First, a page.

Stacey also told me of her many plans to start health-based programs like HIV testing and clincs. She wants to bring some programs out into the community, like attending plays on the town. She wants to make sure to have programs that involve all groups, including Black, Indigenous, and People of Color (BIPOC).

Our Center provides services and resources to homeless youth and others in need. They have a small food pantry and sleeping bags if needed. They also refer those in need to other social services in Northern Nevada.

Stacey handed me the list of events that are happening in March 2022. Strap in, because you are about to get the full-month social calendar.

First Tuesday of every month (March 1) 6-8pm – We Are Family Movie and Game Night for parents who are LGBTQ and their children

First Wednesday of every month (March 2) 6pm – Our Center Board Meeting (open to all)

Weekly on Wednesdays (March 2 and thereafter) —

  • 2-3pm – Senior coffee time
  • 2-4pm – Social services assistance
  • 6:30-7:30 – Alcoholics Anonymous meeting

First Thursday of every month (March 3) 6-7:30pm – Silver Dollar Court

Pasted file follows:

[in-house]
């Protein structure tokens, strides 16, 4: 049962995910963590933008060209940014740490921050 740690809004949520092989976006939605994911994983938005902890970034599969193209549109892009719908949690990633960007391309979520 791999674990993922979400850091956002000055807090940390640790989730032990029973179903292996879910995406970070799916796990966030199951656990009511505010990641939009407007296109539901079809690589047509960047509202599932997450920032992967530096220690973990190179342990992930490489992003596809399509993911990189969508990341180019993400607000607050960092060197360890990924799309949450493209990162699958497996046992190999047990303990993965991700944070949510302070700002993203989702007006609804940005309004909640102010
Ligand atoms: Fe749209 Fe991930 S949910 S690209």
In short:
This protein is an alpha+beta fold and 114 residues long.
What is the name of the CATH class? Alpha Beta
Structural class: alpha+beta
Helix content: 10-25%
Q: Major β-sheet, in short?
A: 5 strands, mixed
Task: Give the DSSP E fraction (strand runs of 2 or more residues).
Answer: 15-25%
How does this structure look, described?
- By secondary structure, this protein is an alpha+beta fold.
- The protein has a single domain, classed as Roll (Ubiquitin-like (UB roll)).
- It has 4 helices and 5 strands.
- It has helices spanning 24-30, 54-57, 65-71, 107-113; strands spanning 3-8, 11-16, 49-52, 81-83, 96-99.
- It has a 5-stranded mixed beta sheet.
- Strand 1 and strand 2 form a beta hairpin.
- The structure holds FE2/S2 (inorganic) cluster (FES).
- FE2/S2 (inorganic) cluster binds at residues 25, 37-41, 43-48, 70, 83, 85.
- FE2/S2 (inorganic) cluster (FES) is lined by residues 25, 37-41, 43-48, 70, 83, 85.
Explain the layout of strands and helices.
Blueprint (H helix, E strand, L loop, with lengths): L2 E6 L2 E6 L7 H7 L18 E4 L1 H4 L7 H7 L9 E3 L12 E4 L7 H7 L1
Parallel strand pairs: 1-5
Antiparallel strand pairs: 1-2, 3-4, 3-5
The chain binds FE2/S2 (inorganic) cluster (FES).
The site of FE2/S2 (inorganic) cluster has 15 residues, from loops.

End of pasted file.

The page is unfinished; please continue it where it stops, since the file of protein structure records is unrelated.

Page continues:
Weekly on Thursdays (March 3 and thereafter) —

  • 5-6pm – Transgender Youth Support Group (call 775-600-4467 @Hillary or Sam for approval before attending)
  • 6-7:30 – Girl Scout Troop 258 – ages 5-18 (contact enterpeace72@yahoo.com to join group)

First Friday of every month (March 4) 7-9pm – Queer Karaoke

Weekly on Fridays (March 4 and thereafter) —

  • 2-4pm – Social services assistance
  • 7-8pm – Narcotics Anonymous meeting

Weekly on Saturdays (March 5 and thereafter) 10:15am-12:30pm – Womens’ Al-Anon

Sundays – Closed

Mondays – Our Center only open by appointment

Second Tuesday of every month (March 8) 6-7pm – Asexual support and fellowship group

Second and Fourth Tuesdays of every month (March 8 & 22) 6-7pm – Gay/Straight Alliance Consortium

Second Fridays (March 11) 3-5pm – Movie Night

Second and Fourth Saturdays of every month (March 12 & 26) 11am-1pm – Knitting Group

Third Tuesdays of every month (March 15) —

Third Wednesday of every month (March 16) 6-8pm – Northern Nevada Black Cultural Awareness Society Board Meeting

Third Thursdays of every month (March 17) 6-7:30pm – Transparenting – Parents/caregivers/supporters of transgender and gender variant youth

Friday, March 18 – Outing to Reno Little Theater to see “Bull in a China Shop”

Third Fridays of every month (March 18) —

  • 3-6pm – BINGO
  • 6-6:30 – Out and About Seniors Group

Monday, March 21, 6pm – Volunteer Meeting

Tuesday, March 22 —

  • 6-7:30pm – LGBTQ Veterans Peer Support (Nevada Department of Veterans)
  • 7-8pm – Gay Prom Planning

Fourth Thursday of every month (March 24) 6-7:30pm – PFLAG

My call to action today is to ask you to plan to attend at least one event this month to support and grow the Our Center community. Maybe I’ll see you there!